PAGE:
A: 1) The macro recorder doesn’t work. There are 4 very specific shortcomings to the macro recorder. Using the macro recorder and a little bit of knowledge, people can quickly come up with usable code.

2) The Advanced Filter command is an excellent tool in VBA. No one uses this in the Excel interface because it is so hard to use. In VBA, though, it is implemented in an excellent fashion. The chapter on Advanced Filter will have you routing customized department reports to each department in your company in no time.

3) Even though “Visual Basic” and “BASIC” sound alike, they are very different. I spend all of Chapter 2 teaching those who had a BASIC class in high school how to understand this very different language.

4) The cell that most people know as cell B3 actually has two names. “B3” is the Lotus 1-2-3 name for the cell. Natively, Microsoft actually calls this cell “R3C2”.  Because so many people originally used Lotus 1-2-3, Microsoft threw in the towel and made the “B3” style of cell references appear as the default. However, in VBA, the arcane R1C1 style of references is actually far superior when you are trying to enter a 1000 formulas in a worksheet. I break the code on how to understand this style and make it your friend.

5) The book has custom user functions to remove duplicates from a range.

6) The book teaches you how to tie VBA code to certain events. You can have a little macro run every time that someone enters a cell or tries to print or save.

7) The chapter on Charts will give you ultimate control over many small settings that would be very hard to set in the user interface.

8) For readers who have Excel 2003, the chapter on XML will teach them how to retrieve Amazon data directly into their spreadsheet.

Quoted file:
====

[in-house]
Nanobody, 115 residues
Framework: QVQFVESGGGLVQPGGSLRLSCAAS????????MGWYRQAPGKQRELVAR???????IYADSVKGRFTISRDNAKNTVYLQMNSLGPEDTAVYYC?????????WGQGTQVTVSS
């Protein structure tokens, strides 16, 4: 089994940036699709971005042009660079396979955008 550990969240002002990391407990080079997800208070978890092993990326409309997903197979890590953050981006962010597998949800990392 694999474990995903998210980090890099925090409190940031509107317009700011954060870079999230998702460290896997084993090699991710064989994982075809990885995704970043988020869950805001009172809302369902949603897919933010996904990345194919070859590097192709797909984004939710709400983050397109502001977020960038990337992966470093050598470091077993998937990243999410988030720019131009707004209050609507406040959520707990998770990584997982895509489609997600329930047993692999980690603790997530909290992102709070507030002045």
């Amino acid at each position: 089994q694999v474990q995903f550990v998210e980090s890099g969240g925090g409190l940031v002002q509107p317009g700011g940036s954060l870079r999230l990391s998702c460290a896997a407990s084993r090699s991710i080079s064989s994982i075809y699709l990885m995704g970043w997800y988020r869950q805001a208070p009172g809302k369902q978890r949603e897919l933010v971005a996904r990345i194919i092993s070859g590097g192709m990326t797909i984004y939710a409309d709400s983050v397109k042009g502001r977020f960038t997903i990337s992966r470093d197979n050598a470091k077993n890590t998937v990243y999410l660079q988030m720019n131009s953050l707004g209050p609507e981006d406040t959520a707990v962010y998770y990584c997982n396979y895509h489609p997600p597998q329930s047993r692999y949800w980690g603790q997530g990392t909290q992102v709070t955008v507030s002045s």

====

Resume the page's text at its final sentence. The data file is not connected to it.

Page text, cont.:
9) My friend Ivan Moala contributed a great general purpose utility that will color all of the cells in the active row and column, so you can easily find the cellpointer.

10) Finally, the most important tip for people who need several employees to access the same data. If you try to use the native “Share Workbooks” feature, most of Excel’s features are turned off.  I show you how to have an Excel workbook as a front-end that stores data in an Access back-end. This allows many people to access the data simultaneously, without losing any Excel functionality.

Q: Share your top study tips for learning Excel? 

A: 1) Get a book. There are 5 ways to do anything, and the way that you discovered is likely not the fastest way.

2) Read the questions and answers at the MrExcel message board. By reading problems that are encountered by others, you will learn things that you didn’t even know that you didn’t know. Someone probably asks about resolving ties with the RANK function almost once a week. For a new user, they probably didn’t even know that there was a RANK function.

3) Excel does a lot more than just SUM.  Use the formula painter. When you find a function that looks good, hit Ctrl+A to see an excellent wizard to walk you through correctly filling out the functions.

4) Learn the difference between relative and absolute cell references

5) Learn how to use VLOOKUP. It is the most important function.

Q: Which Excel feature is the most powerful but widely unknown? 

A:  Pivot Tables are by far the most powerful feature, but are used by only 20% of the Excel users. They allow you to take thousands of rows of data and quickly produce a summary for your manager.

Q: What is the most compelling issue facing business and IT professionals today and in the future? How can it be resolved with Excel?

A: Backlog. The I.T. department has a several-month long backlog of reports. By enabling the Excel users in their organization to build a few macros in Excel, the end-user can automate their own reports and not bog down the I.T. department.

Q: What is the best resource for technology and business professionals.

A: I am biased, but the newsgroups and message boards are an excellent resource. When writing a book, I can try to cover many topics, but the odds might be that your need is slightly different than the case covered in the book. A newsgroup or message board can get you the advice you need and quickly.

Q: You pick the topic: now provide us with a valuable rare “gem” that only you know.